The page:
The Dragon Wagon

The Dragon Wagon
The landscaping changes often.

Sunday, December 29, 2013

Antarctic Adventure - Day 18

On November 24th the ship continued down the west side of the Antarctic Peninsula.  Because of how weather circulates around the Antarctic continent, the west side of the peninsula gets more moisture and therefore has a lot more snow and ice covering the landscape.



Our first stop for the day was at Orne Harbor.  Here one group of hardy hikers climbed up a steep ridge to reach a Chinstrap Penguin colony, while the rest of us explored by zodiac.







About midday, the ship started into the spectacular Neumayer Channel.









After passing through the Neumayer Channel, the ship stopped at Port Lockroy.  This is a British station that was closed in 1962 and then renovated and reopened by the United Kingdom Antarctic Heritage Trust in 1996.  Port Lockroy also has a large Gentoo Penguin colony.





Navigating the zodiacs through the ice near Port Lockroy


The base was restored to look like it was, just before it was closed.






Gentoo Penguin courtship




The end goal




During the evening, the ship cruised through the famous LeMaire Channel, but the weather was overcast and snowing, limiting photographic opportunities.  Here are a couple of other ships that happened to be visiting at the same time.







Saturday, December 28, 2013

Antarctic Adventure - Day 17

Because of a medical situation with one of the passengers, on November 23rd the ship headed towards the South Shetland Islands, where there are a number of research stations and an aircraft landing strip.



On the way the ship stopped at tiny Half Moon Island, one of the islands in the South Shetlands.

Argentina's Camara research station on Half Moon Island
It was unoccupied when we passed early in the morning.


The island has a Chinstrap Penguin nesting colony.  The Penguins had recently started to return for this year and much of their nesting ground was still covered by snow.



These penguins build nests out of small stones and pebbles which they bring from the beach (and frequently steal from their neighbors).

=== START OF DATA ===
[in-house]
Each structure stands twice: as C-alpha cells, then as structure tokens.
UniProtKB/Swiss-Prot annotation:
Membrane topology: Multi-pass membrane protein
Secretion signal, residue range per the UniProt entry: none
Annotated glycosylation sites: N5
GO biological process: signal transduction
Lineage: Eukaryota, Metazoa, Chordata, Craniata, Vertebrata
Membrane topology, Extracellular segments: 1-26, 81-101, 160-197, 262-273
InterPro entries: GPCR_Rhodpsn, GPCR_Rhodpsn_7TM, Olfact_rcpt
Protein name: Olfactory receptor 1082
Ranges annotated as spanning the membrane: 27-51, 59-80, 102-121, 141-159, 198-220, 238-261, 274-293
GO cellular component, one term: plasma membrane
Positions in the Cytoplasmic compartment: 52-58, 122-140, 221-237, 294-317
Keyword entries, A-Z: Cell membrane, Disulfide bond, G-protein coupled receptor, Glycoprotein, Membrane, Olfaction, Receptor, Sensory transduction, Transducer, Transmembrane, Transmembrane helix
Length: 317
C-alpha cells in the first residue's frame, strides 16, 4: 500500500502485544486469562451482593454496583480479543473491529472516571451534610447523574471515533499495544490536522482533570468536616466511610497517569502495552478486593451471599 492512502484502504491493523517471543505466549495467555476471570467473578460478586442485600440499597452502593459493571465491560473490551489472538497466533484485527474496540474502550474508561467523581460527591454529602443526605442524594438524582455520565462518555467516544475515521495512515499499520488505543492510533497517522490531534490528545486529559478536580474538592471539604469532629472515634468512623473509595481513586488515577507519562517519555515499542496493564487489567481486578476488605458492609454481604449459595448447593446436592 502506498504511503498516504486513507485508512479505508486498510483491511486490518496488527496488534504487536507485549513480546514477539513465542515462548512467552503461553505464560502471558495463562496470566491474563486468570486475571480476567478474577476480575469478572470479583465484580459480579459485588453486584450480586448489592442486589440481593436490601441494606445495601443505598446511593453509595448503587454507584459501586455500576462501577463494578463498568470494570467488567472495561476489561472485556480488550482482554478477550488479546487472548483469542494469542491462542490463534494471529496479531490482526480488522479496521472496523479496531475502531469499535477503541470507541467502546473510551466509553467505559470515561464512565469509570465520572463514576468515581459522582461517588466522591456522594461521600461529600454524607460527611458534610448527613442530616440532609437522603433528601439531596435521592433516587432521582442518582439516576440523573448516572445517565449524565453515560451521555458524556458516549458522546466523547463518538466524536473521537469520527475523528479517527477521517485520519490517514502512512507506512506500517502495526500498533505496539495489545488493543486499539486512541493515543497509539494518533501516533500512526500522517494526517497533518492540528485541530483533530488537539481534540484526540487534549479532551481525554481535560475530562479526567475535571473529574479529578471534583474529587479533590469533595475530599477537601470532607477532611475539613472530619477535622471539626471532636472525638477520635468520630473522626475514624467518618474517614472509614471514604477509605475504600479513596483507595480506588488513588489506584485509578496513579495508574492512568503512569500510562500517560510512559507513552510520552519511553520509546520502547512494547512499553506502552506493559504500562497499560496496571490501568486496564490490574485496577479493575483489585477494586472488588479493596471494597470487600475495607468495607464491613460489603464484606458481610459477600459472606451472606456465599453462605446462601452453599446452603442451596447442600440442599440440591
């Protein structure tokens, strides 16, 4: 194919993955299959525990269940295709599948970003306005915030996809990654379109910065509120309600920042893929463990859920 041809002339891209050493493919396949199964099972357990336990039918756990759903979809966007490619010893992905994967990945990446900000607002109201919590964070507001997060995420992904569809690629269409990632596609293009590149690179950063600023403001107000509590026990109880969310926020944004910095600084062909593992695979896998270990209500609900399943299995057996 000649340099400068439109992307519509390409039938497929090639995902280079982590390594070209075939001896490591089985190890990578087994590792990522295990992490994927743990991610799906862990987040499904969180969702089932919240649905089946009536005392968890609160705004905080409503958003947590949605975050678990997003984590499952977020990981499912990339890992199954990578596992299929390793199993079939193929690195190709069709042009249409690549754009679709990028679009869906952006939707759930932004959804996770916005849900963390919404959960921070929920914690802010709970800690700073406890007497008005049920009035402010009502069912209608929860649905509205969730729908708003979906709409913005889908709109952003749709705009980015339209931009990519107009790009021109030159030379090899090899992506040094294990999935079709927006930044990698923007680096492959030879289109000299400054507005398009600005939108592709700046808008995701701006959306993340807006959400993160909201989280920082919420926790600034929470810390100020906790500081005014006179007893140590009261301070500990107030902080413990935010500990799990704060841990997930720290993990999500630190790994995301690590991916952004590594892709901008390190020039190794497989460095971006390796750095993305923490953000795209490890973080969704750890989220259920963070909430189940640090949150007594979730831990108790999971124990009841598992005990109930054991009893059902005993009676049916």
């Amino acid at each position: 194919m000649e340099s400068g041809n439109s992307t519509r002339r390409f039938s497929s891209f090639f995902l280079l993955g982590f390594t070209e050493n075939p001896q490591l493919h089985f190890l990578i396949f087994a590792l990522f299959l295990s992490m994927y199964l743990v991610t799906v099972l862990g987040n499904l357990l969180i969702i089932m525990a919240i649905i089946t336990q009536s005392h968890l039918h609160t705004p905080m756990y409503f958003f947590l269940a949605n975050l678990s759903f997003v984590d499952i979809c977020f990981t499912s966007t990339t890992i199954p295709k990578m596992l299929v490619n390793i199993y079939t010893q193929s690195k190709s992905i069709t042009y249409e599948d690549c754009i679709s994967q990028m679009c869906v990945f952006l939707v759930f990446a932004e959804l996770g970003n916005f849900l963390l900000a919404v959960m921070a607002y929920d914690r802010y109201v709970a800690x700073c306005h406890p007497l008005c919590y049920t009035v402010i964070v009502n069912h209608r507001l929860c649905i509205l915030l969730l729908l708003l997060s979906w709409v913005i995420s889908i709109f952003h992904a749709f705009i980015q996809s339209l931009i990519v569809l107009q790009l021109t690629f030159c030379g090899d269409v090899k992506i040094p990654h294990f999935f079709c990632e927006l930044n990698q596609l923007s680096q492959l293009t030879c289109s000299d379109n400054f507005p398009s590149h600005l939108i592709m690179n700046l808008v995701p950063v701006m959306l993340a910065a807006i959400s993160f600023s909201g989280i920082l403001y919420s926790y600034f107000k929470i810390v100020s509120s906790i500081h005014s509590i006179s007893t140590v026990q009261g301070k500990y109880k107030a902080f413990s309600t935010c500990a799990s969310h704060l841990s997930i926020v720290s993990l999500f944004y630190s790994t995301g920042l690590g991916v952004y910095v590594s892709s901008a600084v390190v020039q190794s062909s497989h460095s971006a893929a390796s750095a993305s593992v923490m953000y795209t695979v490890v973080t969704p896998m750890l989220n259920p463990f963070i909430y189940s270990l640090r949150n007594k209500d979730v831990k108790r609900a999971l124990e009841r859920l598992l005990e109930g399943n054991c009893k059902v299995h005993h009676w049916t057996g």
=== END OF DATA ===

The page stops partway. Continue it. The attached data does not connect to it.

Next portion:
This is a short video of penguins climbing the hillside to reach their nesting grounds.



Some colorful lichens at an otherwise black-and-white location.



Later that day we arrived at the Bellingshausen Station on King George Island.  This research station was founded by the USSR and is now operated by Russia.  This is where we dropped off the passenger who would be flying home for medical treatment.


Like all Antarctic stations, this one was a long way from anywhere.


This station is known for having the southernmost Eastern Orthodox Church.





A seal watching us walk by



Right next to Russia's Bellingshausen Station is Chile's Frei Montalva Station.


The Chilean station has a few families.  When they heard we were coming, the children had a baked goods sale waiting for us!



A view of both stations from the Eastern Orthodox church


Friday, December 27, 2013

Antarctic Adventure - Day 16

On November 22, we finally got our first views of the Antarctic continent when we reached the tip of the Antarctic Peninsula.




In the Antarctic Sound, we passed many icebergs, including some of the large "tabular" bergs.





Some of them even had passengers.




Again conditions caused us to skip our first scheduled event, a landing at a place called Brown Bluff.  So again plans were adjusted and we sailed on past Brown Bluff.




We sailed around the tip of the peninsula and approached Duse Bay.


The captain was excited because Duse Bay was covered with "fast ice" (solid sea ice attached to the land).  The ice appeared to be in appropriate condition to allow the ship to "park" in the ice.


This is a video clip, shot from the bridge, of the ship driving into the ice.



The passengers were then allowed to disembark and walk on the ice.





A seal just "chilling out" on the ice.


This little Adelie Penguin came over to check us out.





Before getting back on ship, they put us to work!



A young newlywed couple on the ship were nearing the end of an extended honeymoon trip.  They had been taking pictures of the bride in her wedding dress at the places they had traveled.  The cold ice of Antarctica did not stop them.



For the afternoon, the ship sailed a few miles south to Devil Island for another attempt to get the passengers on shore.


But winds had pushed ice against the shore, blocking access to the land.   So the afternoon was spent cruising around the ice floes in the zodiacs, hunting for animals and looking at the scenery.





The crew stowing zodiacs in preparation for departure